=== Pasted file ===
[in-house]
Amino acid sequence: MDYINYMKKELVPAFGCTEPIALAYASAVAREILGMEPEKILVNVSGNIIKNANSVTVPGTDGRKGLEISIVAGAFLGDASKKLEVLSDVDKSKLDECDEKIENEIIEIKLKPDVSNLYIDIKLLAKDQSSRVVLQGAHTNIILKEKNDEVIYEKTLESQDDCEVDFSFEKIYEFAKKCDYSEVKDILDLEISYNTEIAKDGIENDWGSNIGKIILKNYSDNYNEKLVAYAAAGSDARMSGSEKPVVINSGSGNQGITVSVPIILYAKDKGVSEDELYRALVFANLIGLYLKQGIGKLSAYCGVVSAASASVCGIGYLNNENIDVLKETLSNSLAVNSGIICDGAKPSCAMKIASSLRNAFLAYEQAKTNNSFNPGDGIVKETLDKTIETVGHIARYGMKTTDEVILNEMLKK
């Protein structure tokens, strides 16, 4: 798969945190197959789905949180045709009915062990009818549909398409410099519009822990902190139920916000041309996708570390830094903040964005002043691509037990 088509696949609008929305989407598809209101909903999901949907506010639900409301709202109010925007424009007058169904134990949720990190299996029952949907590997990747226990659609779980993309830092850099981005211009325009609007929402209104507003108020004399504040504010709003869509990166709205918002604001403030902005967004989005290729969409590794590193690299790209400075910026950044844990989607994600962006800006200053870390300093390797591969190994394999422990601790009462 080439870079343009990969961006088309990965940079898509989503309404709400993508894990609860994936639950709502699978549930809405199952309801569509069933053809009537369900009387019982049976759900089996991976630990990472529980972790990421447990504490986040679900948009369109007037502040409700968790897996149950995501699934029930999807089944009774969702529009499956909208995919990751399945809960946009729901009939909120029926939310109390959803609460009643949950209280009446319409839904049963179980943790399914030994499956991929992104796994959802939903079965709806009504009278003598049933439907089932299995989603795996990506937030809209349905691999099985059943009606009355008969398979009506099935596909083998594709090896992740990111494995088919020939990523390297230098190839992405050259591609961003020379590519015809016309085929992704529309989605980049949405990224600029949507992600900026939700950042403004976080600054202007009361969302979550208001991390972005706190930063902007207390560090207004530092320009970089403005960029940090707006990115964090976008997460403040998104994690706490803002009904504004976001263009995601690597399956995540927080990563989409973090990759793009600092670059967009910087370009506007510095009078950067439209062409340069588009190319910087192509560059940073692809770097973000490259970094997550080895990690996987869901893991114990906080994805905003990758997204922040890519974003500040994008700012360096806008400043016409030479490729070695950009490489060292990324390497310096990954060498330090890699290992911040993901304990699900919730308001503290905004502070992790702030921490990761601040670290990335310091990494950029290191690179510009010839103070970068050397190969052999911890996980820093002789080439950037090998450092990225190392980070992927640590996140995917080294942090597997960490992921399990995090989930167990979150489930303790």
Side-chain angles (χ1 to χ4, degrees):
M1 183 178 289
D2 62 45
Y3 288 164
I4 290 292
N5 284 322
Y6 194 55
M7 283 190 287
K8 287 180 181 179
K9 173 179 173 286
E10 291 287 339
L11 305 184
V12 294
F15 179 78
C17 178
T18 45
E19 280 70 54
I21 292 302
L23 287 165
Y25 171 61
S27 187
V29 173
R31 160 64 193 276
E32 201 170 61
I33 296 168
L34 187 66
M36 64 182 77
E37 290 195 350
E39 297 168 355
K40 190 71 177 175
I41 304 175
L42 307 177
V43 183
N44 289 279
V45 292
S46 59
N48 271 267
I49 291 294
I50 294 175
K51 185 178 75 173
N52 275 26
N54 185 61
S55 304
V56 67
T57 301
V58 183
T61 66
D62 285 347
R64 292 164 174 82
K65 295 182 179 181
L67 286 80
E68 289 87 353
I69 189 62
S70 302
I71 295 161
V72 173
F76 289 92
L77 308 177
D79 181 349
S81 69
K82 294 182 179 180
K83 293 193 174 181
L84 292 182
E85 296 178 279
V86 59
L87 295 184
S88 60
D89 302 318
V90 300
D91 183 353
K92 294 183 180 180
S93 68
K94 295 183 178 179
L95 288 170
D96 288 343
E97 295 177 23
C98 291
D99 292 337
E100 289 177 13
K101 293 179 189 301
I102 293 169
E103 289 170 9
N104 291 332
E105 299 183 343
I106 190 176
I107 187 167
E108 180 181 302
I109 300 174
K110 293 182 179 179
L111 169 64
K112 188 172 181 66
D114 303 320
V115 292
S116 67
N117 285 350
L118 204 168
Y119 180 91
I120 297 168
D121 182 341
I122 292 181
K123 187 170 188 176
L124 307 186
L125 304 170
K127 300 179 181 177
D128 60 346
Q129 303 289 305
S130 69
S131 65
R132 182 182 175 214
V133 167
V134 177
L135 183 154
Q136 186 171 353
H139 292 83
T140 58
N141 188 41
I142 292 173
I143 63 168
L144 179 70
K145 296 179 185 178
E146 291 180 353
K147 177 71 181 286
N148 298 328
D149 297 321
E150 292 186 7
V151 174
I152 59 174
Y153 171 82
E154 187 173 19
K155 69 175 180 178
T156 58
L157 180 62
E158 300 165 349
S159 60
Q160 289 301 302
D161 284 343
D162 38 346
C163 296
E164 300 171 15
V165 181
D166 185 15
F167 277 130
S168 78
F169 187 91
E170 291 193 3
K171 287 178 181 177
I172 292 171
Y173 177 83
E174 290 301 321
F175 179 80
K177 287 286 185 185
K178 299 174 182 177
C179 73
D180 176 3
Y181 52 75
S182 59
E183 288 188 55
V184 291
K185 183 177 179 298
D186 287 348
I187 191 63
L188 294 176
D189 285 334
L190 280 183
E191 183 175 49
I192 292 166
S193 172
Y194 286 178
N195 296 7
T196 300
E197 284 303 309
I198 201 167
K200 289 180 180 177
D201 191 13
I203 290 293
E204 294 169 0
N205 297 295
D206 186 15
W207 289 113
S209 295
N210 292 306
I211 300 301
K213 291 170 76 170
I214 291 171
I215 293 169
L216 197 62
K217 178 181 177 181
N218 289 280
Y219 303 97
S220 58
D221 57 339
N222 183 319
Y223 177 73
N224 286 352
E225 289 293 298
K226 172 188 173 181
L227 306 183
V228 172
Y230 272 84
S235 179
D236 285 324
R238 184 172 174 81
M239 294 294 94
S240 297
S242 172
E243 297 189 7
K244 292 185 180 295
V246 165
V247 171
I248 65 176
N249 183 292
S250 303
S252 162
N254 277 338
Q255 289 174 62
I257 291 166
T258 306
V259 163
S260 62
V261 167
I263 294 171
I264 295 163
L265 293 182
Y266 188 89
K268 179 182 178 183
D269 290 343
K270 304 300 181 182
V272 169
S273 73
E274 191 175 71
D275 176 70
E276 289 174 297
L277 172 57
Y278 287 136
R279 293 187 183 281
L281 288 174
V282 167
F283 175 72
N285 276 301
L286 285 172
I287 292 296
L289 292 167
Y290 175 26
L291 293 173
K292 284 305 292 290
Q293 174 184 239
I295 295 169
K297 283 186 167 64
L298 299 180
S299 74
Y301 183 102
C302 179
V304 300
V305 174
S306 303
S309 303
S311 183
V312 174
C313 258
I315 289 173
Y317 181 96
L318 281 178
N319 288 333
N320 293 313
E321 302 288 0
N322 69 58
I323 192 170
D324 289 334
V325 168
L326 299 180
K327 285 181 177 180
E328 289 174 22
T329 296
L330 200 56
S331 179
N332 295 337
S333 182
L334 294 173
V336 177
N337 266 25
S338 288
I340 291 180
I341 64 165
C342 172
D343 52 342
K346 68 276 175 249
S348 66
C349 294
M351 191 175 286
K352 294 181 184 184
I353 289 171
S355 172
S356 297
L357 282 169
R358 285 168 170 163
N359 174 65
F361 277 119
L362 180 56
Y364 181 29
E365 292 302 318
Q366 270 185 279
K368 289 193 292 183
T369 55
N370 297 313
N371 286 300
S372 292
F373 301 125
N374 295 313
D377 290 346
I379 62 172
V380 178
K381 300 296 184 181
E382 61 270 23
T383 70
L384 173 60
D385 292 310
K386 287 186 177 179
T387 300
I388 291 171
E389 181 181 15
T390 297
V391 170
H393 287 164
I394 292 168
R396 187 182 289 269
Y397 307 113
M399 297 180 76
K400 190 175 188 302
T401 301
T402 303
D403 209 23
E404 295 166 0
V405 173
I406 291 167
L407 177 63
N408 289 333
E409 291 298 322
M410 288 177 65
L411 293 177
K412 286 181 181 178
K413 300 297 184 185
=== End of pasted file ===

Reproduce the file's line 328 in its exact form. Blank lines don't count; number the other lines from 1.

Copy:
R396 187 182 289 269